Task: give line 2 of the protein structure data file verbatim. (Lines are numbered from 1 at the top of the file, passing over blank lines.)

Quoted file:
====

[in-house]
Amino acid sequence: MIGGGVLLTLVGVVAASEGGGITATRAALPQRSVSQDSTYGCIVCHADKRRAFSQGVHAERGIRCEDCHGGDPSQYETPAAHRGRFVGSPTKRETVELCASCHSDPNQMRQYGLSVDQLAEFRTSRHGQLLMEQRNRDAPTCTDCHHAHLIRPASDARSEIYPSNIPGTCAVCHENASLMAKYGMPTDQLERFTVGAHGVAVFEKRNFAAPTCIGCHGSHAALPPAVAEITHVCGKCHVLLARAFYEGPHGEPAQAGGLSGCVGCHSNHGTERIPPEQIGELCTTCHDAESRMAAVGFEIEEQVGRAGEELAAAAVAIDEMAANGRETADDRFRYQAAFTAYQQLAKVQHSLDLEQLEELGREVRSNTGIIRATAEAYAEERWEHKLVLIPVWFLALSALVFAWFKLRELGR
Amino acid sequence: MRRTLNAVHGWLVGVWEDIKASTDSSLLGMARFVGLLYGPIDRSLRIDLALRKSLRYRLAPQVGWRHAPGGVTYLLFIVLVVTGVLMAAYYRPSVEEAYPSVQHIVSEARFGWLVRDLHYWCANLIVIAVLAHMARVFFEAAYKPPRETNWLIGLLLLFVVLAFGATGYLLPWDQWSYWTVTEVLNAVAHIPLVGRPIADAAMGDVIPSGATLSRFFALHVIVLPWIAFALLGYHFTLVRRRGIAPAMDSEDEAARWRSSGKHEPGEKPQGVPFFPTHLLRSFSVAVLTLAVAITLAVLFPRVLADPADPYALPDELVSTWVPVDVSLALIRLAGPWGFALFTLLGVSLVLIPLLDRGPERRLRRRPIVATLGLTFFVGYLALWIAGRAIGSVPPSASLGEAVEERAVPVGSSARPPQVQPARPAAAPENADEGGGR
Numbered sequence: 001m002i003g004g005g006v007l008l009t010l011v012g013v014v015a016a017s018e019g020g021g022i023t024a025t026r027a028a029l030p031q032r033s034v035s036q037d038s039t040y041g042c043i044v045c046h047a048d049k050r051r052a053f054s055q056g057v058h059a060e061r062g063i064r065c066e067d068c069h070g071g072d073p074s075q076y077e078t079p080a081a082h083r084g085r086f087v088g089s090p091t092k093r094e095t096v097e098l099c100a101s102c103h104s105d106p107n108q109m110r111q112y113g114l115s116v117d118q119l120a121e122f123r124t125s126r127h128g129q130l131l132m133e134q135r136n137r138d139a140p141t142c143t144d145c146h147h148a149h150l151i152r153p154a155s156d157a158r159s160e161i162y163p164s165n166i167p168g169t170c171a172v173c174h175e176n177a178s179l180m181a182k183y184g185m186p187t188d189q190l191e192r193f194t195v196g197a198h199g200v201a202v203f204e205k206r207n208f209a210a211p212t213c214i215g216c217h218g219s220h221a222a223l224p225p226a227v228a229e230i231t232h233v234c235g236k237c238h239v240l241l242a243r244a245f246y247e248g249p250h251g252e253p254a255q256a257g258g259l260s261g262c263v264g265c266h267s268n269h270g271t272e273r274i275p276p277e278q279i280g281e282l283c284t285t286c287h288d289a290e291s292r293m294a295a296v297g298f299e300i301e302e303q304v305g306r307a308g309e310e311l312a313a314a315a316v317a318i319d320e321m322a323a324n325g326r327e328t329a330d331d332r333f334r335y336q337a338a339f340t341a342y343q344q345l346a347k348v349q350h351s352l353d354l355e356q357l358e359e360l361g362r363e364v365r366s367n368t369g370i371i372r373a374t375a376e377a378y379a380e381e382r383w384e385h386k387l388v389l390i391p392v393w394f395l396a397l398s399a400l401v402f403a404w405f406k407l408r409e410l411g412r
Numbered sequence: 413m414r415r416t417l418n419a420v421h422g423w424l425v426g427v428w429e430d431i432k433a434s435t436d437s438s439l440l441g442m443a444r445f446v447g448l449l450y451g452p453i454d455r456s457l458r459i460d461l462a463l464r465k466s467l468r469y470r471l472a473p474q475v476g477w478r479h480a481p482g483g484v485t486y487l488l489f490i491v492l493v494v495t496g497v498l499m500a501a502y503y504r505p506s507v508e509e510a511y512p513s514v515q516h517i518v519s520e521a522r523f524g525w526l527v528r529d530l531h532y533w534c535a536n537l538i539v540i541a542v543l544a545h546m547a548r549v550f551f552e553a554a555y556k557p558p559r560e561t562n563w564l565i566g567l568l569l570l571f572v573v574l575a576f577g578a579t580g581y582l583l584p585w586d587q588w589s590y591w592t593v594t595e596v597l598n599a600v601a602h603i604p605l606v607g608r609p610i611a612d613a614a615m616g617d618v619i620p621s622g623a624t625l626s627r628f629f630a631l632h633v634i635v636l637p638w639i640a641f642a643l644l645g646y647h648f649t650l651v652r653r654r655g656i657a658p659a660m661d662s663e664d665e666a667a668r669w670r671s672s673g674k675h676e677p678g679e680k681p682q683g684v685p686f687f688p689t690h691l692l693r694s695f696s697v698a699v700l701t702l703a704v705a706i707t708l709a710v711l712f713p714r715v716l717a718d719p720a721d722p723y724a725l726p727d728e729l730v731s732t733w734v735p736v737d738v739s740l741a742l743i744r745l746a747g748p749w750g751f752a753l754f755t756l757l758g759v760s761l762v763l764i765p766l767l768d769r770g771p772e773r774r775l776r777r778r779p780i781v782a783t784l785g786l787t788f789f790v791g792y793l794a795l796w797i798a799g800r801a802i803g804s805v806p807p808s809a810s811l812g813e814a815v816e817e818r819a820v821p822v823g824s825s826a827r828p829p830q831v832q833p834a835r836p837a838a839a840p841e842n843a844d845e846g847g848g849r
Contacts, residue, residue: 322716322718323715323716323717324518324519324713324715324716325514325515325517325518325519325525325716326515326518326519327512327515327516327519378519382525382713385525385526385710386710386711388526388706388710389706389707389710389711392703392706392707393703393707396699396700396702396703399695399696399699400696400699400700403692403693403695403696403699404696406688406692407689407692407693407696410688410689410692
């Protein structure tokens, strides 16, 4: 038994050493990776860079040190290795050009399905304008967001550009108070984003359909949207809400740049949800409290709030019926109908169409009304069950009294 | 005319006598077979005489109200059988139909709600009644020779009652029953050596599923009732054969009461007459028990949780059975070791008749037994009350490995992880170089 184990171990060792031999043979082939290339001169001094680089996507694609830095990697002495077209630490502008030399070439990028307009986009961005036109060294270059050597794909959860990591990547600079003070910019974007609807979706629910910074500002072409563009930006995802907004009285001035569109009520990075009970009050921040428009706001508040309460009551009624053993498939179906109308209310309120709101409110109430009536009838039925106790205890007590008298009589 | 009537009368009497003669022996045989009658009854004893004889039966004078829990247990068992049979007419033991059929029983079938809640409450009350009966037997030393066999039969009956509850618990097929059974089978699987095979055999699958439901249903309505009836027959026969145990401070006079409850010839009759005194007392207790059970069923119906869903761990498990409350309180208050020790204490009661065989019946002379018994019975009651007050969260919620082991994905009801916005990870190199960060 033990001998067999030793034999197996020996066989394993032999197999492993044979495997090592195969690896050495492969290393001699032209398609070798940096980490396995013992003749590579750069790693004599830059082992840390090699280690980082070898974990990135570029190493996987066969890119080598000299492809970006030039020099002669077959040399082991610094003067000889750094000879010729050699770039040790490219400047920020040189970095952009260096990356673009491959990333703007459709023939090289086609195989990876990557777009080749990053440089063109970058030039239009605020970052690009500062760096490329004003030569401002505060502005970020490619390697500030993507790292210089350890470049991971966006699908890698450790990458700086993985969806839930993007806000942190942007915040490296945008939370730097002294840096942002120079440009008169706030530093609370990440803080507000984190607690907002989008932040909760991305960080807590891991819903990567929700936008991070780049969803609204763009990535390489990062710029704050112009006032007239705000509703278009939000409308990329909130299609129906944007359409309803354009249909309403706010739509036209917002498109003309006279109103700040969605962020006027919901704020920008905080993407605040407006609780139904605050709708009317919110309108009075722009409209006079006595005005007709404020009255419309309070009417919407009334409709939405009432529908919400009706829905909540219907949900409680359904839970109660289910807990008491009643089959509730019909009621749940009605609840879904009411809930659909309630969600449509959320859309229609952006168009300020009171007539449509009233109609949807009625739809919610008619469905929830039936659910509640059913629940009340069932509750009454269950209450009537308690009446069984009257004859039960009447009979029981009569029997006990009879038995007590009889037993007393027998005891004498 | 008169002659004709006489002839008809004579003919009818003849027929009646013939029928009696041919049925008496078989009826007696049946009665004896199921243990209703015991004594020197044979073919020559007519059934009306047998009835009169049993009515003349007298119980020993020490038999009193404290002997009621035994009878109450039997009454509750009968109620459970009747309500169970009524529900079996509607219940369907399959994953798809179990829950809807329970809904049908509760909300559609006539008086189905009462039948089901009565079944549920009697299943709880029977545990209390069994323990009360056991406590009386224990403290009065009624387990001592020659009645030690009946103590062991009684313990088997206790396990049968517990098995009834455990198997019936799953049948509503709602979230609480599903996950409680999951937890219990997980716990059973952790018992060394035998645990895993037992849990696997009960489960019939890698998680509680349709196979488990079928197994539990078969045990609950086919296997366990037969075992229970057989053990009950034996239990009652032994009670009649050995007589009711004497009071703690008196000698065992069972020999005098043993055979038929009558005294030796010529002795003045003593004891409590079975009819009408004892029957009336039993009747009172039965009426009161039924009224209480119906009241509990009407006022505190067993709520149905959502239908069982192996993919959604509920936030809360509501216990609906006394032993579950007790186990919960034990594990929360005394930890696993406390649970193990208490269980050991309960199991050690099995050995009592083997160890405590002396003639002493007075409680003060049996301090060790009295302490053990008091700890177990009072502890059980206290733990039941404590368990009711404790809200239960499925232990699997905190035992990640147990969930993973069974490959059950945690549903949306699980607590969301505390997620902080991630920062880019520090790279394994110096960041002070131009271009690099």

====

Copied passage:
Amino acid sequence: MIGGGVLLTLVGVVAASEGGGITATRAALPQRSVSQDSTYGCIVCHADKRRAFSQGVHAERGIRCEDCHGGDPSQYETPAAHRGRFVGSPTKRETVELCASCHSDPNQMRQYGLSVDQLAEFRTSRHGQLLMEQRNRDAPTCTDCHHAHLIRPASDARSEIYPSNIPGTCAVCHENASLMAKYGMPTDQLERFTVGAHGVAVFEKRNFAAPTCIGCHGSHAALPPAVAEITHVCGKCHVLLARAFYEGPHGEPAQAGGLSGCVGCHSNHGTERIPPEQIGELCTTCHDAESRMAAVGFEIEEQVGRAGEELAAAAVAIDEMAANGRETADDRFRYQAAFTAYQQLAKVQHSLDLEQLEELGREVRSNTGIIRATAEAYAEERWEHKLVLIPVWFLALSALVFAWFKLRELGR